Friday, 4 May 2007

Get yer hands OFF!

This is very rough (only just written and the ink's still wet, and it took nearly an hour so think how I sweated)



Recently I was "aroused" (but not in my favourite way) when a promising writer I know well produced a story which was all form and show with no substance, no heart or soul. That is, the whole was artifice, a performance and it stood out as such, it made me grossly "author-aware".

A thread ensued where some felt I was beating up my victim, but my point was that this particular writer always showed herself, always thought of craft before the heart of the story,always showed herself on the page.

The argument followed familiar patterns. I would say something, this writer would say, "but…" This is a writer who was blocked, felt she was writing in a narrow corridor, was frightened of opening doors. "When I let go I write about horrible things and people hate me for it," she said. "I can't 'let go', I don't like my demons."

First we need to deal with a conflation of ideas. My friend here is confusing "going to the well" with going specifically to those dark mansions of the soul. She believes that letting go, writing unconsciously must by its very nature unleash horrible memories, sickness, death, abuse, betrayal, self-loathing, dying children, horrible diseases.

This is absolutely NOT the case.

Of course, I might choose to go to the place where I carry suppressed memories, choose to knock on doors, open Pandora's Box. I might choose to wallow in the horrors, to try to understand myself, what made me what I am not.

But I can go to the place of dark memories, of dark pressures and not seek out specifics. I can go there and simply use the pressures, the aches, the feelings, the idea of certain memories. I do not need to write about "my abuse" to understand the legacy of abuse just as I don't need to murder to write about murder or cheat to write about cheating.

But note the above. By my merely going to this area and discussing ways of using the past (the dynamics of my soul) I am misleading you.

MY history and experience is SMALL.

By that I mean my small life, no matter how traumatic, or sad or dangerous, is small. How does it compare in incident, conflict, setting, moral issues, resonance when weighed against all the great films, the great novels, the great stories and the greatest poems? My life, against all those lives, all those influences, is tiny and insignificant.

When I say delve into the dream-world, be drunk, write drunk, "let things up" there is no reason to believe that this must be "my dark self" or "my suppressed memories". My conscious thinking, semi-conscious day-dreaming, my almost unconscious dreams may take in my history, thoughts from the day and week, but they also combine and recombine every word I have ever heard, every image I have ever seen, all the poems, plays, advertisements as well as stories, novels, films and TV.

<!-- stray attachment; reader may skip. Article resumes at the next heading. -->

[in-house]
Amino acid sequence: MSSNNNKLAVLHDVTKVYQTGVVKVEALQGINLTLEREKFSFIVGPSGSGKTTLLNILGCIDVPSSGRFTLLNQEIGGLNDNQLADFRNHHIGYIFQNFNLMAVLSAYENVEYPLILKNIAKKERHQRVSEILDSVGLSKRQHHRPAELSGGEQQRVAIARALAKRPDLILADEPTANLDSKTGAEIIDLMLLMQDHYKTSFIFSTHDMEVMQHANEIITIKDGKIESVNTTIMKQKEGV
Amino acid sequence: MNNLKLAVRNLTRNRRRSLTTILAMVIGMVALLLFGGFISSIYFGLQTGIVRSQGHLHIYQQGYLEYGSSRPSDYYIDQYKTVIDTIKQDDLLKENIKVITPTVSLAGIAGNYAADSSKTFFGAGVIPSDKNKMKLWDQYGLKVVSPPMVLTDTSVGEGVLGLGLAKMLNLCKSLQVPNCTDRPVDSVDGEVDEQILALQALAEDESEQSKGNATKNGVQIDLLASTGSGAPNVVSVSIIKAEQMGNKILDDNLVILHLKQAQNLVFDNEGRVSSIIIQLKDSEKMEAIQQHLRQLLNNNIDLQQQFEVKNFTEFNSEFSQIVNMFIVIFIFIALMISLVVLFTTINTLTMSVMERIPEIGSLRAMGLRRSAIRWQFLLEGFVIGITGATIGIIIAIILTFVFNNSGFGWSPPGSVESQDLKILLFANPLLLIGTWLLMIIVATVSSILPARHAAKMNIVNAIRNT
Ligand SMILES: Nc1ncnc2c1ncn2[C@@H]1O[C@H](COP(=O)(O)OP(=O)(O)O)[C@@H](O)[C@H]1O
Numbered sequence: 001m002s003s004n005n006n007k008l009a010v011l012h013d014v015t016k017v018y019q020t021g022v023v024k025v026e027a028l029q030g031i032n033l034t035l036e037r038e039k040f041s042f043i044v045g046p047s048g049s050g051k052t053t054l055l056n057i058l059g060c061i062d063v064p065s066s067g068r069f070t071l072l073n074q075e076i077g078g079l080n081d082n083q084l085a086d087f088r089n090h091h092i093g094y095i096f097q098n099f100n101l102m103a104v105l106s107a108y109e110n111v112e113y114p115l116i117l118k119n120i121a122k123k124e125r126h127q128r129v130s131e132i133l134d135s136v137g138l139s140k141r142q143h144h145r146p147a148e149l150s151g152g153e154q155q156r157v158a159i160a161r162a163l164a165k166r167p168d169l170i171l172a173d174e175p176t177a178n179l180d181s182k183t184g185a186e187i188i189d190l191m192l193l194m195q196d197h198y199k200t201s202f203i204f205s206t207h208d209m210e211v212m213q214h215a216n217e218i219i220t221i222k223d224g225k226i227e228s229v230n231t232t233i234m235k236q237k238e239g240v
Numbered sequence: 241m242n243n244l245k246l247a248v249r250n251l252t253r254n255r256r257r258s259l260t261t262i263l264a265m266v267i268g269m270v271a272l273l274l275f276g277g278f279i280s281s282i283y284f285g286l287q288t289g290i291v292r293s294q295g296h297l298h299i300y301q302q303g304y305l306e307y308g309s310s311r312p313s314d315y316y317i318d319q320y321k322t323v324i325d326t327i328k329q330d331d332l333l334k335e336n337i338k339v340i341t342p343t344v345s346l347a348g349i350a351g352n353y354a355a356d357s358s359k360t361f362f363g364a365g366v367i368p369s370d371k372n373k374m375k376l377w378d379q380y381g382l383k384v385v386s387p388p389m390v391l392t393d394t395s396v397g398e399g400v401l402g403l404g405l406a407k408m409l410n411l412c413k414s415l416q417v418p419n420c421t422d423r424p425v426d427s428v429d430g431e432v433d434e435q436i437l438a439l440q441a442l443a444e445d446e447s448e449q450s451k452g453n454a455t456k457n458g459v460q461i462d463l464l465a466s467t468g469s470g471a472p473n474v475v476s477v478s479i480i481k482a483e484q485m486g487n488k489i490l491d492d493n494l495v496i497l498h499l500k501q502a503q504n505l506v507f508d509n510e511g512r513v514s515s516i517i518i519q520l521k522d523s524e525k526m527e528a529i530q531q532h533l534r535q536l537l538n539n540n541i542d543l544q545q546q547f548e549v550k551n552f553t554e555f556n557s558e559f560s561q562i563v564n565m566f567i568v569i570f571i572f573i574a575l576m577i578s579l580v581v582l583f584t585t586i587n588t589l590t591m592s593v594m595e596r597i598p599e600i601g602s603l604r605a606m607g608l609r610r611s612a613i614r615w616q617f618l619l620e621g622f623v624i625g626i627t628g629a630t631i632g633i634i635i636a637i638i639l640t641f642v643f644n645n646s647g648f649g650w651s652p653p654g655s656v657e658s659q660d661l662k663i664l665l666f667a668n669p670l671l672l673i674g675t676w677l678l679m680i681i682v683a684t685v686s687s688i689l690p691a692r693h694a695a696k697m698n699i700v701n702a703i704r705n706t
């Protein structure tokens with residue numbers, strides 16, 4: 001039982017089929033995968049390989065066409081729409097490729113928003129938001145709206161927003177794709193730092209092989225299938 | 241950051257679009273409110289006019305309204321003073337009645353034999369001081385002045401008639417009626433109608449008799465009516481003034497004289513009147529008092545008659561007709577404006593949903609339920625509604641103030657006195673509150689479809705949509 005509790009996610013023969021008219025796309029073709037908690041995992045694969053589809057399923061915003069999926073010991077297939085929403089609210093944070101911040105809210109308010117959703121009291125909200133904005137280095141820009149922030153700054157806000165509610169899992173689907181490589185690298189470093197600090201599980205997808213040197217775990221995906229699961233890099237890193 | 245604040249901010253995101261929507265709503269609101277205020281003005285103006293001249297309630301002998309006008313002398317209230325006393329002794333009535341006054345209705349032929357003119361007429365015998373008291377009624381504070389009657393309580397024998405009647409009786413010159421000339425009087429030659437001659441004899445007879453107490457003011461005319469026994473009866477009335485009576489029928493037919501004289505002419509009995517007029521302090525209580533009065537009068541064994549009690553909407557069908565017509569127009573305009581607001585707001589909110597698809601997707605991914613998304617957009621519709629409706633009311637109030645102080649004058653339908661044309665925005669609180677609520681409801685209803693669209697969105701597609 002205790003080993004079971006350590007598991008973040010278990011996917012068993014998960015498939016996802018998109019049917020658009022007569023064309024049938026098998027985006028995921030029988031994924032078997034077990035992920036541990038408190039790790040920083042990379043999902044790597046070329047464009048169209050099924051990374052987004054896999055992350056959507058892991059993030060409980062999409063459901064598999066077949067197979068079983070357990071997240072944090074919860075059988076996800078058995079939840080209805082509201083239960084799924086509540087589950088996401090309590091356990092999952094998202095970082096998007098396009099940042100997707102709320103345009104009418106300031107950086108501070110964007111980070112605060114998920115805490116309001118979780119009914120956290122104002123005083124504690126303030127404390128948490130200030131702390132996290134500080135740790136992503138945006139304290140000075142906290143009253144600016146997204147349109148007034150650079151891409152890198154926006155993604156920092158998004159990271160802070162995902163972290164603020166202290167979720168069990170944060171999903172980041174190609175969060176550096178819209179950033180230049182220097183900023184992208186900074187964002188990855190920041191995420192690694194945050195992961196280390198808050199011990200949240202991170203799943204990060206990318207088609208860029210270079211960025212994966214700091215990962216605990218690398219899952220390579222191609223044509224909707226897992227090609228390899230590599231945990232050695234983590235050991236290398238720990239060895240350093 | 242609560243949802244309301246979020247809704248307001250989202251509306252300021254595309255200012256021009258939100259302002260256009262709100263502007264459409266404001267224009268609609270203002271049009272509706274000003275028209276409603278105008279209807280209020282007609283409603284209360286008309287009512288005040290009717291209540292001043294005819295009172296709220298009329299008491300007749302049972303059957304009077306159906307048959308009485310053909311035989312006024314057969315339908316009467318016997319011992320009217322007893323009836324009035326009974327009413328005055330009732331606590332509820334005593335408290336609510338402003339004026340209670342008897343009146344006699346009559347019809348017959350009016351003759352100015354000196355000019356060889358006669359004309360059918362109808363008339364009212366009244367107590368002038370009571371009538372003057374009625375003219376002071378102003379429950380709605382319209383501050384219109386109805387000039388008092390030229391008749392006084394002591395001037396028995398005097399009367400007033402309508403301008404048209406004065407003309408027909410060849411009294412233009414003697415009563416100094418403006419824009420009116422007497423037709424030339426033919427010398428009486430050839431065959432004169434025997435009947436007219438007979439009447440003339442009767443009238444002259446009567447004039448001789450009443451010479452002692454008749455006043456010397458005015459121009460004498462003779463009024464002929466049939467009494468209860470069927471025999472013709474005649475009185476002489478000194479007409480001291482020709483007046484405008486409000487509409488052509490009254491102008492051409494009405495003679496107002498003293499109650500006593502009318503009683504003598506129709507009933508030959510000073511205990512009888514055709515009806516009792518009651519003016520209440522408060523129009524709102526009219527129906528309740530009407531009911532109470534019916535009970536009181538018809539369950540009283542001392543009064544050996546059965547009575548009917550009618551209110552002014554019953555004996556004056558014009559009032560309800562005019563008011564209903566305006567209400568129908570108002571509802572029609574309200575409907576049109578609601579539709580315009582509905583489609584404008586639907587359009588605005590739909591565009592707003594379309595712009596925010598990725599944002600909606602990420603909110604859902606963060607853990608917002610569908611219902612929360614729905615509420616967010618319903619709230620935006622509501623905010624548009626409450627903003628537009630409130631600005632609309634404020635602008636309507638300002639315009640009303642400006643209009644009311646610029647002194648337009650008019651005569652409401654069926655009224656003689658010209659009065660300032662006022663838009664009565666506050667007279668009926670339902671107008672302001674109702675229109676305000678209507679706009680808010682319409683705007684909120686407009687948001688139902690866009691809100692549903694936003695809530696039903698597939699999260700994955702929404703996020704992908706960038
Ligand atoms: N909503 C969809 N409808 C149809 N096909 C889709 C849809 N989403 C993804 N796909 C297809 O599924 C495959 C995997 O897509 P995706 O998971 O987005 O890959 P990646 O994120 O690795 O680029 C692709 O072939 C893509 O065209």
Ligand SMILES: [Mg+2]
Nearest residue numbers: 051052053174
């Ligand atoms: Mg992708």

For me it's effortless to wallow "down there" in an almost-controlled, almost-conscious world. When I think of characters, places, ideas and situations are they really fresh? Or are they products of the age, some symptom of the world?
It is not uncommon for two or more authors each to arrive at a "new" idea seemingly simultaneously. Deep in them, working subliminally is some thing or combination of things. They have all been exposed to similar news, similar times, often delivered by the same media, and "surprise" they each respond with the same (they thought) original new idea.

After events like 9/11 the dominant thoughts, the dominant news are obvious and easy to see and poor poetry collections and short-story magazines are packed to the straining seams with "disaster writing". No one has any problem understanding this. We all know we all know the same things, and we, as writers, respond. What could be more natural?

We will all be affected by a terrible tragedy, a death of a president, a cruel famine, men walking on the moon. We are all living within the zeitgeist.

But we can use our individualism, our separate and individual way of assimilating, not just our personal history but our reading history, our cultural history, our language, our dialect, our sub-culture, our religion, our schooling, and the randomness of our individual chemistries.

We can use our own chaos theories our own ways of combining lives to create products, characters, voices, products of everything we know and have known.

It is impossible not to have Shakespeare in your stories, impossible not to have Chaucer, Keats, Milton (and Sky News). Because every writer has been influenced by every other writer, and if we have ever read, if we SPEAK, we are Shakespearian, or Miltonian. We cannot avoid our culture or the histories of art.

Which brings me to my utterly original characters…

I have an idea: a magic credit-card. I need to write about "someone" with that card. My upbringing, my politics, my culture, my religion all affect me. It is impossible to be unaffected. Am I selfish or generous? How much of that is parental influence, a kindly teacher or two, or father Maloney staring at me in church his glass eye fixed and the Devil himself boring a hole through me?

Do I pick someone old or young? Male of female? Black? White? I write very few black characters. Not because I'm racist but simply because I know more white people, was brought up by white people, and so on. And when I pick the age and gender of my lead-character how much is truly random choice, how much is the idea singing, seducing, subtly dictation?

I picked an old woman. An English old woman. A sensible, thinking (but not worldly and not highly intelligent) "nice" old English woman. Why?

Is the woman really random? Could she have been a black Scotsman with migraine? No? Why not?